Using CALIPSO and CloudSat Data to Verify Cloud Analyses at Air Force Weather Agency

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Monday, 5 January 2015
Mark D. Conner, AER, Offutt AFB, NE; and R. P. d'Entremont

For decades, the Air Force Weather Agency (AFWA) and its predecessor organizations have performed global cloud analyses of meteorological satellite data for the Department of Defense. Recent improvements to the analysis process permit single-layer cloud base and top estimates for each satellite data pixel analyzed as cloudy. These analyses are aggregated into polar stereographic grids for each hemisphere at 24 km resolution, generating a product known as the World Wide Merged Cloud Analysis (WWMCA).

Verification of the accuracy of these pixel-level analyses has been somewhat subjective, requiring a human analyst to compare satellite imagery to the resulting analysis to identify over- or under-analysis of cloud cover. These defects are then examined in more detail to determine if the cloud analysis algorithm can be parametrically “tuned” to reduce cloud-detection errors in future analyses.

CloudSat and CALIPSO (Cloud-Aerosol Lidar and Infrared Pathfinder Satellite Observation) data offer independent sources of atmospheric opacity measurements that can be used to validate AFWA's cloud-mask and cloud-height analysis results. The Cloud Profiling Radar (CPR) on CloudSat penetrates dense cloud cover and precipitation that provides cloud-base observations in virtually all weather conditions, but does not detect thinner cloud very well. The Cloud-Aerosol Lidar with Orthogonal Polarization (CALIOP) instrument aboard CALIPSO is more sensitive to the smaller ice particles of optically thinner cirrus cover, but cannot fully penetrate optically dense clouds to reliably characterize their bases. These two observation data sets are therefore highly complementary. This presentation will show examples of these strengths and weaknesses for our verification purposes.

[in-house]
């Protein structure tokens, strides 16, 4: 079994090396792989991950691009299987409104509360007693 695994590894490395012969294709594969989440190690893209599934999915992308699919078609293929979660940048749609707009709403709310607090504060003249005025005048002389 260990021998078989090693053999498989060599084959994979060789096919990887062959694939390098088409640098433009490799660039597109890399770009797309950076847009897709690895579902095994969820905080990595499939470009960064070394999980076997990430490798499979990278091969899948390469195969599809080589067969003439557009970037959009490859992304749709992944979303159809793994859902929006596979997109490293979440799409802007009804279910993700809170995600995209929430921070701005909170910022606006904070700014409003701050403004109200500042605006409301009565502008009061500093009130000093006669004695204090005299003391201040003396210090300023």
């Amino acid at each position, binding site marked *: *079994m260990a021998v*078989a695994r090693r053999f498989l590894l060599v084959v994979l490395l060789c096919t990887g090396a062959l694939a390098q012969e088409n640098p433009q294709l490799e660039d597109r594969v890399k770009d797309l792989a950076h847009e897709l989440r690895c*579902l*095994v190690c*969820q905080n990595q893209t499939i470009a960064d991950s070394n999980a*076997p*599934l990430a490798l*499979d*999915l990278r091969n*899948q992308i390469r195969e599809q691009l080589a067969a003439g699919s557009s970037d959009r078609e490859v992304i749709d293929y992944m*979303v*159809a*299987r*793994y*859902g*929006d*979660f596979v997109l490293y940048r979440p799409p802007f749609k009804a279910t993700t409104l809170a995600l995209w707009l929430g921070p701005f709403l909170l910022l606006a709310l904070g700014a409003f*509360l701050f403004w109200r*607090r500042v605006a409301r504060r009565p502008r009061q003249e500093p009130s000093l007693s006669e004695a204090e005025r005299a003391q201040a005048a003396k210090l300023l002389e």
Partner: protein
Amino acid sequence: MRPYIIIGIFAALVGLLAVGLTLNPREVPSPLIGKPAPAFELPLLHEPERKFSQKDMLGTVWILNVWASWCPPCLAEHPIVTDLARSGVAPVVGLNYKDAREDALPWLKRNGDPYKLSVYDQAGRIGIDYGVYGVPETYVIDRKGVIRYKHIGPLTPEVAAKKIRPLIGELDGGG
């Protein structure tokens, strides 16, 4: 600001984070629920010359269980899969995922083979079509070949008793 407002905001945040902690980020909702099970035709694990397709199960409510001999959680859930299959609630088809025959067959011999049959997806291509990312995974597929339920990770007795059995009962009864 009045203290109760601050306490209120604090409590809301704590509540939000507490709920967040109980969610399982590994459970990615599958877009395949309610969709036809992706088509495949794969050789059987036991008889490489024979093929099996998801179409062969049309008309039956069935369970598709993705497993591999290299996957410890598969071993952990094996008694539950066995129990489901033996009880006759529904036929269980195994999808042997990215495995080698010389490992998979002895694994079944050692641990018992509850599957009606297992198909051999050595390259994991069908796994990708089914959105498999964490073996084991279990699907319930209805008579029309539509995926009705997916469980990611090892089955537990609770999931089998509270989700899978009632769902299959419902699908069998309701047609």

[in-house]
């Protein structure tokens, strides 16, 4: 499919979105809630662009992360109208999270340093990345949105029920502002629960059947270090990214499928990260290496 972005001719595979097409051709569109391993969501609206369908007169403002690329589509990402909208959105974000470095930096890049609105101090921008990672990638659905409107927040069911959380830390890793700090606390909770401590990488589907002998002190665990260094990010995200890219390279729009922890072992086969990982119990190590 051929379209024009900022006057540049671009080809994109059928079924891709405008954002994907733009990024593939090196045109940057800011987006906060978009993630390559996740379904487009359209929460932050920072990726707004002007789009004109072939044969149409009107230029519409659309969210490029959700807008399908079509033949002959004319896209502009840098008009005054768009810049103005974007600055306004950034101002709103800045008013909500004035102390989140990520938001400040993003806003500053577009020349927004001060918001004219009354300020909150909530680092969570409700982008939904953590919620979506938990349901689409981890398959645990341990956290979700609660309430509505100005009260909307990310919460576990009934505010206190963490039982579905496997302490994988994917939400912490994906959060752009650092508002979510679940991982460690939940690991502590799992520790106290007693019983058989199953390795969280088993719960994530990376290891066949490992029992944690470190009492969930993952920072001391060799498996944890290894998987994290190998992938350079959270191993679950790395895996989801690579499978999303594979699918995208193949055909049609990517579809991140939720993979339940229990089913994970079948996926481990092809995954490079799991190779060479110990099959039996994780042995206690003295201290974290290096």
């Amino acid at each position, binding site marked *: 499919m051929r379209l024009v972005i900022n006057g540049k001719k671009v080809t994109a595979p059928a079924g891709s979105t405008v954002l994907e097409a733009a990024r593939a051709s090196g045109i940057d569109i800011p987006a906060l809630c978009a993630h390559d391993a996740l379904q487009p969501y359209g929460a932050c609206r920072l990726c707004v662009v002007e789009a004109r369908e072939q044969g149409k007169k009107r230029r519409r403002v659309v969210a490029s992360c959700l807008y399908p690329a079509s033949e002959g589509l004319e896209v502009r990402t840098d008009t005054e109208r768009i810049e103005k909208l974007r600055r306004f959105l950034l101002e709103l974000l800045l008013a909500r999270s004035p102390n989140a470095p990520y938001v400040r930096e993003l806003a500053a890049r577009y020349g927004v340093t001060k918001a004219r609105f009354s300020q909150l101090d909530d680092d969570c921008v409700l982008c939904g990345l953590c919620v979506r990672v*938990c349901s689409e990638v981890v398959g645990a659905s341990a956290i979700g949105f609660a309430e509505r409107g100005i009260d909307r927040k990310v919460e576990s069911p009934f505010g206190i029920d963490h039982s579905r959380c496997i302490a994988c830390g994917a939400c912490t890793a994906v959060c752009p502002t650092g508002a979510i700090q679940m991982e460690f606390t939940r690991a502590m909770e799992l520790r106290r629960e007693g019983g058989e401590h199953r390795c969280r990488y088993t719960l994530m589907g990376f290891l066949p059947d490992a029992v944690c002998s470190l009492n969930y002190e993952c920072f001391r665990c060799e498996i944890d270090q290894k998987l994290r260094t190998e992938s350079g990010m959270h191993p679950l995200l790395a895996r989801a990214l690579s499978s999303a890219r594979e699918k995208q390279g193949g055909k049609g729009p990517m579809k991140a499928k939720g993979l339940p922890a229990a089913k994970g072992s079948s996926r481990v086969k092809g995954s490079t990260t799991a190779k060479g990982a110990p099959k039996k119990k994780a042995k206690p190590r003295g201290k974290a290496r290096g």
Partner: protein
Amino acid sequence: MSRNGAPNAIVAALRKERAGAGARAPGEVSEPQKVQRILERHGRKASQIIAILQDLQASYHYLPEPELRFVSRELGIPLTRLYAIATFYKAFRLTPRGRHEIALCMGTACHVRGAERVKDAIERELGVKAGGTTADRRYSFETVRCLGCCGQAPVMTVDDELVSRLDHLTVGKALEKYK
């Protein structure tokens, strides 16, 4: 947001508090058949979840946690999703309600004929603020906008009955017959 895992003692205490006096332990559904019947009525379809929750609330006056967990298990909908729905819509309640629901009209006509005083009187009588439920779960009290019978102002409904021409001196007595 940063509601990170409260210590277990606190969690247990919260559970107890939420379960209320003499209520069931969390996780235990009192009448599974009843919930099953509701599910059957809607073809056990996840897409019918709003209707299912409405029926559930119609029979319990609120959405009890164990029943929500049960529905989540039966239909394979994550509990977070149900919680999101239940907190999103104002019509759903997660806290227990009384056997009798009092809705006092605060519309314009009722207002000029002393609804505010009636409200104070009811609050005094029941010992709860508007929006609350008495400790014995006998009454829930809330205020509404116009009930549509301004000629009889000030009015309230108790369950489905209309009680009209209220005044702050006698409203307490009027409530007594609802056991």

During our initial comparison of CloudSat and CALIPSO data to AFWA's cloud analysis, we found that in general the CALIPSO Level 2 cloud product detected less cloud cover than AFWA's analysis. Because AFWA's analysis is tuned for operational customers based upon their feedback, we chose to create a simple alternative Level-2-like product from the Level 1B 532-nm total attenuated backscatter data. The CloudSat Level 2 cloud product was used as-is; its resolution of about 2.5 km was comparable to the typical 3-4 km resolution of the AFWA pixel-level cloud analysis.

In addition to specific case studies, we will present some aggregate statistics resulting from automated matchups of the AFWA pixel-level cloud detections to the CloudSat and CALIPSO detections.